Launching is easier, as all I do it toss them into the water. That usually gets attention, but rarely more than a few drops of water into the seat.
Getting into the kayak from the swim grid is easy, as the top of the kayak floats an inch or two higher than the swim grid. I have noticed that other folk's kayaks can be way less stable than mine, which seems related to the shape of its bottom. Mine has many molded in channels or chines, which act on steering and initial stability.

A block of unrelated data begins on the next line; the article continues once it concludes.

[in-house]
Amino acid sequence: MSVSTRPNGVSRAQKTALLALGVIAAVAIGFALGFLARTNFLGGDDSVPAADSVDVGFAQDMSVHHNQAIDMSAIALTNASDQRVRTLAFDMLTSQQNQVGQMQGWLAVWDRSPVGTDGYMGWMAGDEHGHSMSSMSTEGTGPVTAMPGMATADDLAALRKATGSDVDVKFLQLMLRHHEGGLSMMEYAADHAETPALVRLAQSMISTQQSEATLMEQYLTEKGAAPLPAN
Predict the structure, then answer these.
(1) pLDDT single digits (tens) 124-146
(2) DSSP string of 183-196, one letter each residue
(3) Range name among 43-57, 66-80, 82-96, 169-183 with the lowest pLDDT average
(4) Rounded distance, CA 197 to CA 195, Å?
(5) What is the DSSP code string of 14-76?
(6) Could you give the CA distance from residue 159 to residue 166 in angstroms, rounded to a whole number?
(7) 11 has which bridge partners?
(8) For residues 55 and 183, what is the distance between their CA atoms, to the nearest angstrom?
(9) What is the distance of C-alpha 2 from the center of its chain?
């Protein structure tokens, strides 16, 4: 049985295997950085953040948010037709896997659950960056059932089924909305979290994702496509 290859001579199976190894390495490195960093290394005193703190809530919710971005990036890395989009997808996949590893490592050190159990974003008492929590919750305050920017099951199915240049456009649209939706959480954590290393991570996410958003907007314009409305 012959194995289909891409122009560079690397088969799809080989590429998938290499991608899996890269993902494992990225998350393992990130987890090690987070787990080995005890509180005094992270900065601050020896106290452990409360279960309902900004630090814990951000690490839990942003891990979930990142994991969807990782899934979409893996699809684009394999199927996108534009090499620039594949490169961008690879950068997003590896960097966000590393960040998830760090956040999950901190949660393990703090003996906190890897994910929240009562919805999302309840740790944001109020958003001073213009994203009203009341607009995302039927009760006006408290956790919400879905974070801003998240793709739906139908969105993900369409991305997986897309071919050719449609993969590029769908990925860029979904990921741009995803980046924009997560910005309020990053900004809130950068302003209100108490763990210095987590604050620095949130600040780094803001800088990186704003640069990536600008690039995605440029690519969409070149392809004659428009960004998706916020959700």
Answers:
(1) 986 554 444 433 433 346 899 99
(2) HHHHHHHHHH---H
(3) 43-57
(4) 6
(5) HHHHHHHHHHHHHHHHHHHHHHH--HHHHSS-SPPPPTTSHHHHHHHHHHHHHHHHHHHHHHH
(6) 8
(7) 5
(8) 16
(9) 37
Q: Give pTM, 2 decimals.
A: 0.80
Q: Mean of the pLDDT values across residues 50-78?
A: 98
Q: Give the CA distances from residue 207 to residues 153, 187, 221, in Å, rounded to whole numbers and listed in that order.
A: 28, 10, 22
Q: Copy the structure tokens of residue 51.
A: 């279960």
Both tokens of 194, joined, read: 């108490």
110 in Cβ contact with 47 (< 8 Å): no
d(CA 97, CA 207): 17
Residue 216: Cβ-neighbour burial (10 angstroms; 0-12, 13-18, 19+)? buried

Before buying these, I looked at proper sea kayaks, but couldn't find a spot on board that would accommodate their +14 ft length. Then a trip to Coast Mountain sports, where I found a good selection. I tried out a pair of 13 ft, smooth rounded bottom kayaks, but they were still too long for my storage spot and too unstable for her to get in and out without a swim, so back for a different pair. These have worked well. The biggest improvement to our enjoyment of kayaking was to buy better paddles. the ones they throw in with your purchase are heavy. Your arms get tired just from holding them up. We initially bought $100 paddles to get the static weight down a bit, but a few years later bought $200 paddles to get the weight down some more. Now we can go for hours before our arms get sore, as the weight of the paddles is insignificant. Carbon Fibre rocks!